Add one more to the “not being able to finish things” pile. I’ve had to confront this issue in a serious way recently as it’s now affecting my client work. Here are three ways I’ve been working toward recovery:
Apologize to those in your past whom you’ve affected by not finishing their work or pushing their project past deadline.
For me at least, I felt better knowing that those people knew I really cared about their project but just have an inability to finish things sometimes – let’s be honest, many times. Plus, those people will sometimes give you pointers on how to more effectively work with clients when you need extra time.
One pointer that I sometimes neglect is to do frequent check-ins so my client can gauge progress and make suggestions. Most of the time I don’t check-in out of fear that the client won’t feel I’m far enough along – which has never been the case; I just worry too much. Not all client suggestions have to be followed but at least some will keep you from hitting a problem area in your work which you, as a perfectionist, will try everything possible to overcome. It’s the obsession to overcome all problems, many of which the client won’t see, that will quickly make you run over deadline.
- Schedule your day/week.
Don’t rely on your memory when it comes to organizing tasks for the day/week. Write down every task and appointment you need to perform and prioritize them – even the small things that seem insignificant at the time. Those insignificant things are the ones most likely to be forgotten until the last minute, at which point you’ll have to stop a more important tasks such as client work.
[u]My tips for scheduling:
[/u]- first, schedule repetitive tasks such as sleeping, eating, laundry, grocery shopping and job/classes. If you’re hardcore, make this schedule two to four weeks in advance of when you’ll use it.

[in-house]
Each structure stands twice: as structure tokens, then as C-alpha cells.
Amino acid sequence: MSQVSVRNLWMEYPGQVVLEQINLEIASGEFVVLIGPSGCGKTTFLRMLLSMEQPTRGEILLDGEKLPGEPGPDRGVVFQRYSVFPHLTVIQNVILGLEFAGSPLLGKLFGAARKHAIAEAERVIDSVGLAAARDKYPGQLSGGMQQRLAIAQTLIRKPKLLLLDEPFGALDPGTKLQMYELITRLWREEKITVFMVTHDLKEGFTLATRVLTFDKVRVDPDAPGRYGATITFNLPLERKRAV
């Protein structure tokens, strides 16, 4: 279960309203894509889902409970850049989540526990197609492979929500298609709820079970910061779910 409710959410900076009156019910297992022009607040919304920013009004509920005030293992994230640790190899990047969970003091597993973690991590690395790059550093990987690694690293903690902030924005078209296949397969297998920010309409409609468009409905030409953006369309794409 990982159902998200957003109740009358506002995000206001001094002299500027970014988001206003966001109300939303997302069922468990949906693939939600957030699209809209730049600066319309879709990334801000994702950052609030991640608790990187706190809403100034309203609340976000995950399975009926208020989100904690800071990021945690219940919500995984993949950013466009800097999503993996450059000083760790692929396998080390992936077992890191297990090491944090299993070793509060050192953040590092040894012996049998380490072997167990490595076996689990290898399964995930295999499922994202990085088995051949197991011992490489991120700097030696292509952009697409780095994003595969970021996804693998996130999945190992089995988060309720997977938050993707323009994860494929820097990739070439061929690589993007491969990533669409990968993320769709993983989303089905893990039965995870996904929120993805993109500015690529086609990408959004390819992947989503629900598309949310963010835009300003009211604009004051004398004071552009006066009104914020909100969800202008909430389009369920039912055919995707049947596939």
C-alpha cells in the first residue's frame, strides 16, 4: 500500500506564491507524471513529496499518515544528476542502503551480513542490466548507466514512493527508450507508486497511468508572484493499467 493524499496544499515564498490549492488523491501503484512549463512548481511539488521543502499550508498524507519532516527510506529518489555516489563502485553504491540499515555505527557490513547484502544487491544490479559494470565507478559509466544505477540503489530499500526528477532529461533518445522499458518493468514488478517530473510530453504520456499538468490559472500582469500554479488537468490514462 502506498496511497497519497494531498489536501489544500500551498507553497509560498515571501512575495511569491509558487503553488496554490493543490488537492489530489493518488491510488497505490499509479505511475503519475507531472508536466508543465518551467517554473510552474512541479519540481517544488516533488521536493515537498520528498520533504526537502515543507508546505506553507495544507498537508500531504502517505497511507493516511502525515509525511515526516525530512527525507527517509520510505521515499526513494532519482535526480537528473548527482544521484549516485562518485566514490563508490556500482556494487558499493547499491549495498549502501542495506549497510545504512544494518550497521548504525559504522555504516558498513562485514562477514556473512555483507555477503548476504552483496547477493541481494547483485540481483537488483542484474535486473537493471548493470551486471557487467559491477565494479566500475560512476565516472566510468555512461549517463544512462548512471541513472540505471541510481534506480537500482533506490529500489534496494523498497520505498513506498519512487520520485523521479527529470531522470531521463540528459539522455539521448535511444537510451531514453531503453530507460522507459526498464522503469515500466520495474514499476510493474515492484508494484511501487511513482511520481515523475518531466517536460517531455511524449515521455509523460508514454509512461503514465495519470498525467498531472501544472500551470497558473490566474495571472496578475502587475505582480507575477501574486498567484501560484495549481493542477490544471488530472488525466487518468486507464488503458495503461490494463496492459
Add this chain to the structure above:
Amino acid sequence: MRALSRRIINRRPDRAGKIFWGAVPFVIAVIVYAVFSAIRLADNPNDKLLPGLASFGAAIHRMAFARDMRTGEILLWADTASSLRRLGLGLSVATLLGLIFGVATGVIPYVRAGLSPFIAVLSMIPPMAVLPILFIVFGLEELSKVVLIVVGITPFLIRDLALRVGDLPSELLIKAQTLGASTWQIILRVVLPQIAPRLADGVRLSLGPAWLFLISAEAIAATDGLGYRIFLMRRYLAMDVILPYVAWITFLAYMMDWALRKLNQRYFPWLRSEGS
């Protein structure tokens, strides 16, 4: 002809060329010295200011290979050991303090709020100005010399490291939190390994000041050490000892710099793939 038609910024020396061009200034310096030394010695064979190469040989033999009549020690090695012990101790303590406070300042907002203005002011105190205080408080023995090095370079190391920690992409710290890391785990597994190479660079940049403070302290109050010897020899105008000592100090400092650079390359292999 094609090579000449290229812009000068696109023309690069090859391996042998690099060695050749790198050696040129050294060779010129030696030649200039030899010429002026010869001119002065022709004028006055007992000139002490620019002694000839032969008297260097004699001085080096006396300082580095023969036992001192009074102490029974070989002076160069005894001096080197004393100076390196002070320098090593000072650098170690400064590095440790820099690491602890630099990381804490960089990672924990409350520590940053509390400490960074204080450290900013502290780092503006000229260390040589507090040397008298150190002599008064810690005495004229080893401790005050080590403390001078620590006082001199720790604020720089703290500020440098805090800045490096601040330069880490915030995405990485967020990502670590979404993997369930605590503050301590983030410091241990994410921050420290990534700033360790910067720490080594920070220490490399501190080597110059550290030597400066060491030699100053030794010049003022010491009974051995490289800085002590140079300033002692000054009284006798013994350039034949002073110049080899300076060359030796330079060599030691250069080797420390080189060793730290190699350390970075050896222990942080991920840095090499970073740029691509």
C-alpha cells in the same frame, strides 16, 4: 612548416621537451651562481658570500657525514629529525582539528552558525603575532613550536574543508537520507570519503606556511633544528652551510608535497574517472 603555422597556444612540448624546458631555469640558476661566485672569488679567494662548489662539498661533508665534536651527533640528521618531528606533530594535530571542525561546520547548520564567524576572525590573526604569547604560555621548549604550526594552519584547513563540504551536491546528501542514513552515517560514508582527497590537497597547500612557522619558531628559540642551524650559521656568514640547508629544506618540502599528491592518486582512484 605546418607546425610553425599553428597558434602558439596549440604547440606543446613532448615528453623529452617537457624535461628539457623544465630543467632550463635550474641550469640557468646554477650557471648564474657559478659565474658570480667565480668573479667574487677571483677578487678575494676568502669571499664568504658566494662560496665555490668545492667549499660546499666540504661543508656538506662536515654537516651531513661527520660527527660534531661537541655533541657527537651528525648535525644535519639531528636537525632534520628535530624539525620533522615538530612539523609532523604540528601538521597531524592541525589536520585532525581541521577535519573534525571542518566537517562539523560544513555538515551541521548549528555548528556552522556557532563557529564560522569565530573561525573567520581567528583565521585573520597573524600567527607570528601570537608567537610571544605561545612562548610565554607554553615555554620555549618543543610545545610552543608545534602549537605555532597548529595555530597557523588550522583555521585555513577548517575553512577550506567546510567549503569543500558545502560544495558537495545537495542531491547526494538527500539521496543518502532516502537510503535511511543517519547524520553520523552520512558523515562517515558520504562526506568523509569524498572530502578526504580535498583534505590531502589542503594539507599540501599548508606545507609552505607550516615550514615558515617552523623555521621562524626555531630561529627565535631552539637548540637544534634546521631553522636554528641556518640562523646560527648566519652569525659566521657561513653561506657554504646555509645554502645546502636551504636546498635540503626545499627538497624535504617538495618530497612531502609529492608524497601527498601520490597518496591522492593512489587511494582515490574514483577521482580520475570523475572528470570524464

next, schedule non-repetitive tasks and prioritize them. Certain things you’ll be able to schedule far in advanced but always add to the current day’s schedule as same-day tasks arise.
when bidding on a client project, always propose a timeframe that allows for human/computer errors. For a project which I feel can be finished in three hours, I’ll tell the client four hours. A quality client will value reliability more than speed and you’ll eliminate the need to regularly schedule doctor’s visits for high stress levels.
schedule a time when you can practice your craft. This is time you’ve earned so be generous. To keep you focused during this practice time, write a loose schedule for what you’d like to accomplish. You can really make your practice time meaningful by engaging in your weaker artistic areas.
3.[i] Create personal projects.
[/i]I don’t think I’m alone in this one but I’m having to come to grips with the fact that although the creation of my client work feels like art to me (I do illustrations and animations), it’s considered a project asset to my clients. So as much as you want the work to look perfect in your own eyes, remember that it’s the client’s eyes that sign off on a project and they may have an altogether different view of things.
By working on your personal project, you can regain the control you lose when working for a client. It’s no mystery that we all want to feel in control of something, it’s just a matter of when you choose to exercise that want. If you’re having difficulty developing your own projects then, when all is finished on a client’s project, revisit the client’s work and complete it to your liking. When the pressure of a deadline is off, you have more opportunity to explore and learn.
While I’m still in the confessional, I also have poor color sense when going past two colors and my painting skills are rustier than all getout. During my alloted practice time I hit the painting books in search of traditional techniques and do digital color paintings using ArtRage or Painter Classic.